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first season driving my truck in the snow, need some advice

Discussion in '2nd Gen. Tacomas (2005-2015)' started by Taco D'Voe, Nov 28, 2010.

  1. Nov 28, 2010 at 6:00 PM
    #1
    Taco D'Voe

    Taco D'Voe [OP] Member

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    none so far!
    we had our first snowfall here last week and I was not doing as great as i thought I would on the roads.

    I have a 2010 trd access cab. Everything is still stock along with the tires.

    I found the truck sliding down hills when trying to brake, even while in 4x4, going slow and making sure to take it easy.

    abs was kicking in, but the truck was just coasting down the hill. Luckily came to a stop before hitting anything.

    I've driven front wheel-drive cars in the snow all my life, never had any real issues ripping around and stopping with good snow tires.

    Now I'm wondering what I'm doing wrong? do i need different tires? should i be adding weight to the back of the truck? is it just a lack of driving experience?

    any suggestions would be appreciated, snow is all gone for now but i want to get this sorted out before the next dump.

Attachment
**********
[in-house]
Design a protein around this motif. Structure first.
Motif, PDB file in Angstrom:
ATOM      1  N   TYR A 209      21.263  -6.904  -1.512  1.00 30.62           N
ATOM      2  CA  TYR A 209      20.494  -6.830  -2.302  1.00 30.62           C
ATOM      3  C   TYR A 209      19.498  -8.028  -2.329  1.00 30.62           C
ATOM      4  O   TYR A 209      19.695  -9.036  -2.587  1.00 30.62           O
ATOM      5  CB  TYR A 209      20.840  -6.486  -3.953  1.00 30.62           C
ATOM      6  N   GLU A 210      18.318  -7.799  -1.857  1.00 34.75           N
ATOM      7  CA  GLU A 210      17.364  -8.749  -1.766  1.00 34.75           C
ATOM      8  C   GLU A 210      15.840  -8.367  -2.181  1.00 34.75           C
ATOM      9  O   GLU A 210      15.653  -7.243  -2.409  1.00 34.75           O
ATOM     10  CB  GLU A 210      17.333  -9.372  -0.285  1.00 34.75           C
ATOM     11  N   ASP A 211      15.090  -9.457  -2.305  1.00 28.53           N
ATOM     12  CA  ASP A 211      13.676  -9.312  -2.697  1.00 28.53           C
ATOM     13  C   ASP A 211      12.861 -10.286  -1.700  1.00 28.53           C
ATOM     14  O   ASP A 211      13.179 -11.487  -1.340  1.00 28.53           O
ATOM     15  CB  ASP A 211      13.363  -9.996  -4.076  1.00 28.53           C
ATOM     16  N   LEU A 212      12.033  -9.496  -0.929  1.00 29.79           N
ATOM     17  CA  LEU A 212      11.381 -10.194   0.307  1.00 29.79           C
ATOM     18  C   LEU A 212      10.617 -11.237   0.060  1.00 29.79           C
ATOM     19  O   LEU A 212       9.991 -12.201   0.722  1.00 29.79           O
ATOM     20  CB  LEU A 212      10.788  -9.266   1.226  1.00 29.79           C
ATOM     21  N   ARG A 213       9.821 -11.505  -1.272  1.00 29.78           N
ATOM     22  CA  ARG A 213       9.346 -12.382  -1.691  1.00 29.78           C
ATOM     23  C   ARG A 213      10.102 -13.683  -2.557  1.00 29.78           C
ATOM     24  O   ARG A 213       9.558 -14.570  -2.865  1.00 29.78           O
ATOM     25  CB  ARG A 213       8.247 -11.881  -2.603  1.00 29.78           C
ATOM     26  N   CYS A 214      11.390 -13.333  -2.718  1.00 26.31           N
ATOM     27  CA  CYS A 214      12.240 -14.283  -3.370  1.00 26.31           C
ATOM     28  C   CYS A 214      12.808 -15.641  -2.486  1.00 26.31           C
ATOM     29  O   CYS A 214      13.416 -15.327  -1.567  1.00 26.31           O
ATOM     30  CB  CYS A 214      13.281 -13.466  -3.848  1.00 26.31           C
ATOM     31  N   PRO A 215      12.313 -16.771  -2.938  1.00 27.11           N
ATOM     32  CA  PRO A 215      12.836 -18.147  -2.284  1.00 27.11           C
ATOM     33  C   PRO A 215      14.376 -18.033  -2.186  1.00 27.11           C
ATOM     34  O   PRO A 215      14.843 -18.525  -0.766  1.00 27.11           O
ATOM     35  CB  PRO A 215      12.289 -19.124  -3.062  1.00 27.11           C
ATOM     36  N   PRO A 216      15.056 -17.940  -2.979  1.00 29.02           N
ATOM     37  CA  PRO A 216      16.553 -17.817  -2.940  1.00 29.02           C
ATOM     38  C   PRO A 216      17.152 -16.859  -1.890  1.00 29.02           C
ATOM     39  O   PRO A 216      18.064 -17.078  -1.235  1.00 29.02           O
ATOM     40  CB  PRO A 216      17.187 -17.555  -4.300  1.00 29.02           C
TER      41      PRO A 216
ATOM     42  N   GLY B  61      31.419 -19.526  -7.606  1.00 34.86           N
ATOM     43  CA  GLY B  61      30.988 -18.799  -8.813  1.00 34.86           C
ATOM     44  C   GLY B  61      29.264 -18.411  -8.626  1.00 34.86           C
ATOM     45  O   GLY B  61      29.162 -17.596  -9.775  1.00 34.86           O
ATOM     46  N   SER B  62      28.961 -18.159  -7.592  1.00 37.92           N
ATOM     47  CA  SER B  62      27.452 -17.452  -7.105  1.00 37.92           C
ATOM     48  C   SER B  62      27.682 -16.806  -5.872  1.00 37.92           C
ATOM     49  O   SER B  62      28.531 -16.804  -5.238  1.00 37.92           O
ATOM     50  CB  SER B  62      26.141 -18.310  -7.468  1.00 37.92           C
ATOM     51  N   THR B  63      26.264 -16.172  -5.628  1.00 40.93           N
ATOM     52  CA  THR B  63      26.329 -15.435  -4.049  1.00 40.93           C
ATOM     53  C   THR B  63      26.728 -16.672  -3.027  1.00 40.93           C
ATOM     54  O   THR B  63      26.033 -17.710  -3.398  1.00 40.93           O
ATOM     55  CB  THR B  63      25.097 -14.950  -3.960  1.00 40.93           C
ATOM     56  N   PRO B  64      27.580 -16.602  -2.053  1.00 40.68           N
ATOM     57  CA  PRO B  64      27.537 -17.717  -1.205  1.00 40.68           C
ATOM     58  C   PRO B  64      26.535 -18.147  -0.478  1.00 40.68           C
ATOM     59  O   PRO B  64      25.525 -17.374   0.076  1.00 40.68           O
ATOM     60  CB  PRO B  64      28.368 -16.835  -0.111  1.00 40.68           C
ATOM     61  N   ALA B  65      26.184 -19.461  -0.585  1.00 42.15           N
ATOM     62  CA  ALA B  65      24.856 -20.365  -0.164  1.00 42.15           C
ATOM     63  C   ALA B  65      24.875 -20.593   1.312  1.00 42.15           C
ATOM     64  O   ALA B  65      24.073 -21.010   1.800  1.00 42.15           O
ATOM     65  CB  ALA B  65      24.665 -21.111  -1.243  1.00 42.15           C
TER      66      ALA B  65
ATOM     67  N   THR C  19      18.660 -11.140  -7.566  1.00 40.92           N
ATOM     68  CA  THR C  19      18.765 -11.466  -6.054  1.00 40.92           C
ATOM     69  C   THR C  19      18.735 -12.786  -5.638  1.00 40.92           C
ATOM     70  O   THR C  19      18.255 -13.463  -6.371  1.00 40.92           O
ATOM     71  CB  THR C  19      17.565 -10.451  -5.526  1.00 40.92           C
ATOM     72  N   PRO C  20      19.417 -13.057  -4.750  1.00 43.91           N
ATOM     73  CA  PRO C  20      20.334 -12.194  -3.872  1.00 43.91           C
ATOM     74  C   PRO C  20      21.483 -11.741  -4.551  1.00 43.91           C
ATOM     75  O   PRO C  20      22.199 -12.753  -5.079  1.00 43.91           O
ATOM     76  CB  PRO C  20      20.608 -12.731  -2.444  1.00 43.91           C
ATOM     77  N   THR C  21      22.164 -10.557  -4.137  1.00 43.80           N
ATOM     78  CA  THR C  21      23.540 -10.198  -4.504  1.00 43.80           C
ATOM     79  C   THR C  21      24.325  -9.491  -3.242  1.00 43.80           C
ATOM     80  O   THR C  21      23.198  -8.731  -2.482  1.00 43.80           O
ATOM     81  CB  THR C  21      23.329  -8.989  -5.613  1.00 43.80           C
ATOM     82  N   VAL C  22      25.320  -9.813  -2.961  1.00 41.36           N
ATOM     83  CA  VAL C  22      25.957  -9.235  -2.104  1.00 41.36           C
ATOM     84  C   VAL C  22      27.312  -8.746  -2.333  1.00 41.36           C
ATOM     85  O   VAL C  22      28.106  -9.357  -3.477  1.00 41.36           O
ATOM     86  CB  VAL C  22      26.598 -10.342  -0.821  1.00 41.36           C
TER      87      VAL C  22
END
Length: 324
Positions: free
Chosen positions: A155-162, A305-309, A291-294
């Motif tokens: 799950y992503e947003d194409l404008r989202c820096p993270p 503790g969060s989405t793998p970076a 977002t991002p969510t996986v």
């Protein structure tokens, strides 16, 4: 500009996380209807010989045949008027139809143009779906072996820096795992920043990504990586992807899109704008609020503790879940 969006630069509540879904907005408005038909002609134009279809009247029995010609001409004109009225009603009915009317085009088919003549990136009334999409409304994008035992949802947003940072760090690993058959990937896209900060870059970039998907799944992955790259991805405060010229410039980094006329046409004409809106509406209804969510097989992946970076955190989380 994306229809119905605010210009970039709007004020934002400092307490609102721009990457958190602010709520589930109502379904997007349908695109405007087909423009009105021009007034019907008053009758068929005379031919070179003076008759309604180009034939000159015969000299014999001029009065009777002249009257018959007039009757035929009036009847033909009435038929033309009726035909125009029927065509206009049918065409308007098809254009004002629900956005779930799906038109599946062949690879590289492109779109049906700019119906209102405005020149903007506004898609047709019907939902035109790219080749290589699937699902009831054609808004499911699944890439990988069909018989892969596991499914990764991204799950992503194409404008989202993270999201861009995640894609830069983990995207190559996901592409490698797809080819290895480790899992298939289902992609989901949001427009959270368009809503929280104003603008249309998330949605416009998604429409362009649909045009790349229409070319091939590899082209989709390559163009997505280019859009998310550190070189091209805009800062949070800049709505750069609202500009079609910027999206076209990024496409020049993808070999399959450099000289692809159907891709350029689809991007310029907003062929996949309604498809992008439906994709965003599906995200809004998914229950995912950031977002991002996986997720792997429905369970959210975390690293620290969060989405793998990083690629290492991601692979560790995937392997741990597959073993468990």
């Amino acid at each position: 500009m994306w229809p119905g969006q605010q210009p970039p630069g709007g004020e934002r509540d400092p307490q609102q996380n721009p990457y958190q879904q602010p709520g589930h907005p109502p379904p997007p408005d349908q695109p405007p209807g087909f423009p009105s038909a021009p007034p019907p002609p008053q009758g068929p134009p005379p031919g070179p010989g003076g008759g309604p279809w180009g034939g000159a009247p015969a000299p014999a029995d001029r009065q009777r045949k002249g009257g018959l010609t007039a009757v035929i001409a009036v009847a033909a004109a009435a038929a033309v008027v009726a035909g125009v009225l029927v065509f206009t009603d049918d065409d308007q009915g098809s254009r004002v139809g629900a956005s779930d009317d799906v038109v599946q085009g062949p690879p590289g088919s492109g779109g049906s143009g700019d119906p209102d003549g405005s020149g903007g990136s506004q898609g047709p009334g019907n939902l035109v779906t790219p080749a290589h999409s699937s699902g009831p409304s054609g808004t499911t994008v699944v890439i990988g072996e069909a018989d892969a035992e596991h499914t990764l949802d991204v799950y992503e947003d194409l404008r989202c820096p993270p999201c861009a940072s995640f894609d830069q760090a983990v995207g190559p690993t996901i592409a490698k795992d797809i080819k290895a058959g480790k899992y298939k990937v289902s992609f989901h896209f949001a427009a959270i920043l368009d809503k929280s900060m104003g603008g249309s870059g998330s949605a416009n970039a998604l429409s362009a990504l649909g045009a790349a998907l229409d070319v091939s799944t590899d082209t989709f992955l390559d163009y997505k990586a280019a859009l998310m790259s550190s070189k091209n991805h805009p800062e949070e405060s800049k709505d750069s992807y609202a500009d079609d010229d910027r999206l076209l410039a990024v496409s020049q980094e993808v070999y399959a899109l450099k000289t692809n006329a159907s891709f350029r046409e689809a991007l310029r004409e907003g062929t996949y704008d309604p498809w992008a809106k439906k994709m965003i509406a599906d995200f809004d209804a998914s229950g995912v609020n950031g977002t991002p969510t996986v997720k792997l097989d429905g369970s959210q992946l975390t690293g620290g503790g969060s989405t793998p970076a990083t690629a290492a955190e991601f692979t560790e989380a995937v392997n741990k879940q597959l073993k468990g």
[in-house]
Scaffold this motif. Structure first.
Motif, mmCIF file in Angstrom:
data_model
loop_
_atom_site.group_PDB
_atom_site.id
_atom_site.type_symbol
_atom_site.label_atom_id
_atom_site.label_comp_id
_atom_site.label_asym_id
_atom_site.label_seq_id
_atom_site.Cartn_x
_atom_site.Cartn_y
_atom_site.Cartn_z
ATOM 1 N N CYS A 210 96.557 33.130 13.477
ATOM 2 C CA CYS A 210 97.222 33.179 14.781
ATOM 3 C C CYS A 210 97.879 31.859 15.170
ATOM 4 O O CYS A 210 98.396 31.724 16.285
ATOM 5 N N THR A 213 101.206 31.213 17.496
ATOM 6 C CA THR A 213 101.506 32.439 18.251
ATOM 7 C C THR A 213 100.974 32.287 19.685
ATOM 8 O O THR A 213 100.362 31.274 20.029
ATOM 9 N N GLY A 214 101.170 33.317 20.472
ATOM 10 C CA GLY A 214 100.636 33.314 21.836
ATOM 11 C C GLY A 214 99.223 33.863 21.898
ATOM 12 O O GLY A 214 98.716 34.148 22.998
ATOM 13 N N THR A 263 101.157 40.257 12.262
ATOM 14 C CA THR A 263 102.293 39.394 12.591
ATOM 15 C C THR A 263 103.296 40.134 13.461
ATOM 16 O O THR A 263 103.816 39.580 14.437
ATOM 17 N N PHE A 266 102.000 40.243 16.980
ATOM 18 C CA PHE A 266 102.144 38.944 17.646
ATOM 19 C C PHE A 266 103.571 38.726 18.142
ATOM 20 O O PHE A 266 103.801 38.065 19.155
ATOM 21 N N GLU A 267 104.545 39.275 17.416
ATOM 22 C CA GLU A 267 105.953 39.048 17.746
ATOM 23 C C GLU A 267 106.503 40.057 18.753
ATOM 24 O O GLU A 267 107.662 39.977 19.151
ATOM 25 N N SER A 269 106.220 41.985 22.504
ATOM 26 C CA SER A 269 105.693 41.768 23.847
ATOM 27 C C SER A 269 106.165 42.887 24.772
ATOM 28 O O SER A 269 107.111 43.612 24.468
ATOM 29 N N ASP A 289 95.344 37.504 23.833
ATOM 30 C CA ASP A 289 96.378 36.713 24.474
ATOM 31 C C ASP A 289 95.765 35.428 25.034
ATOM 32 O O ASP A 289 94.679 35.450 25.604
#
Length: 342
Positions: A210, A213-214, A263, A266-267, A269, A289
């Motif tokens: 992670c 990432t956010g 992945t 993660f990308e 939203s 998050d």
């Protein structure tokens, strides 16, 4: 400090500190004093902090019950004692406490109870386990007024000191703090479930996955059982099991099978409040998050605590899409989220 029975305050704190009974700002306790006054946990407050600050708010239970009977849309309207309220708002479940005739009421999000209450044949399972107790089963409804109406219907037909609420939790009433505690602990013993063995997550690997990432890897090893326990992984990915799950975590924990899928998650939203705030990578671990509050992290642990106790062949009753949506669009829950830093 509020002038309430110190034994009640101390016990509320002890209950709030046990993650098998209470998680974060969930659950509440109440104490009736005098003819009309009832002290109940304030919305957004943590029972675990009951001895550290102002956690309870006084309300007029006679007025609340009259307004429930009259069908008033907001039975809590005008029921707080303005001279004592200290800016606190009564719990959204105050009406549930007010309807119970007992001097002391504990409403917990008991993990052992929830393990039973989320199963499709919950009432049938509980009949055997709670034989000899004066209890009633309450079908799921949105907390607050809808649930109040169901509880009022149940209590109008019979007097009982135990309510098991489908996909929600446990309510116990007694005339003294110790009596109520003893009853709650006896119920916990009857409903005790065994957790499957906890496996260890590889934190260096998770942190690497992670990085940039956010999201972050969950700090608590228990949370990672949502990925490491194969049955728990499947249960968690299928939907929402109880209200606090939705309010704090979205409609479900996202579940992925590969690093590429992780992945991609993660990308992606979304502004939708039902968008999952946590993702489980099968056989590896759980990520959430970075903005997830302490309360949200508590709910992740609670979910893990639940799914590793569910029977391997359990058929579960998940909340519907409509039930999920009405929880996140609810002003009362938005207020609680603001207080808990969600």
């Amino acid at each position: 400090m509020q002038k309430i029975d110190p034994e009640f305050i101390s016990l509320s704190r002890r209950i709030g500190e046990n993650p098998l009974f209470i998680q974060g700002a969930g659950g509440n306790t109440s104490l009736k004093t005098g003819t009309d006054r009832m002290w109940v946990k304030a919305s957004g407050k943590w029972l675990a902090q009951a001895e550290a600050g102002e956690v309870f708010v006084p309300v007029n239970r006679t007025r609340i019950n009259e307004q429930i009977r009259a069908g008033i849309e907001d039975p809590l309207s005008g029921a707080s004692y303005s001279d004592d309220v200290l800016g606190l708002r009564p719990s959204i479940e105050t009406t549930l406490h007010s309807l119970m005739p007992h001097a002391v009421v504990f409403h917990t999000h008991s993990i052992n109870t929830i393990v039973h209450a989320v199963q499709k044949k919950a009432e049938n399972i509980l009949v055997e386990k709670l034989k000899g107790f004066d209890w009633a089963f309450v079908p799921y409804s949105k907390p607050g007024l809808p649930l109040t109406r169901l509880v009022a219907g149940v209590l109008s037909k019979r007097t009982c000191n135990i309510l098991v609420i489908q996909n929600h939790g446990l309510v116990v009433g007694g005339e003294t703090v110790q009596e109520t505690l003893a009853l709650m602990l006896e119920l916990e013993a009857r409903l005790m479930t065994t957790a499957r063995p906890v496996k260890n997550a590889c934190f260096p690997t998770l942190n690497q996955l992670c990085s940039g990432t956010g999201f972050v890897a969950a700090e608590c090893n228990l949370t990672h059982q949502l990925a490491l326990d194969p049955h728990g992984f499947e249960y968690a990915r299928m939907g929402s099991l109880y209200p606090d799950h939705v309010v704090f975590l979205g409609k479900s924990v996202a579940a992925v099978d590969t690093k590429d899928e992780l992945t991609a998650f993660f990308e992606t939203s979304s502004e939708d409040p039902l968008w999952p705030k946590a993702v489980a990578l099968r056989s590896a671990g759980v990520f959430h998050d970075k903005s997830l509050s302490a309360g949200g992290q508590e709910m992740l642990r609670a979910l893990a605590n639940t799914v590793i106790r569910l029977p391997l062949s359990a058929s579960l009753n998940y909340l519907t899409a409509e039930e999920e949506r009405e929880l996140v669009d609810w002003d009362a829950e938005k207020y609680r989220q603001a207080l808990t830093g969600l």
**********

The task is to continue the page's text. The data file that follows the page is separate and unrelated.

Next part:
2. Nov 28, 2010 at 6:21 PM
    #2
    Simon's Mom

    Simon's Mom Wag More Bark Less

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    Find an empty parking lot far away from anything, poles & curbs included, where its snowy and carefully try out what the truck will do.
    When in actual traffic try to be easy on the gas. Sometimes going down hill, i drop it down into 4 even 3 depending on the steepness of the hill & conditions. Not sure if you have auto or not. I will even do this driving my Honda thats manual trans.
    The ABS is very touchy, at least in my 2006.
    I have driven a truck in snow for a long time but feel this truck back end kicks out more than any other. We tow a lot so I went with dedicated winter tires.
     
  3. Nov 28, 2010 at 6:26 PM
    #3
    Demoncleaner

    Demoncleaner Well-Known Member

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    Wouldn' t hurt to put 200 lbs in bed for snow driving. But thats more for takeoffs, hillclimbs in Rwd, and keeping back in line on corners. Weight wouldnt have helped you stop.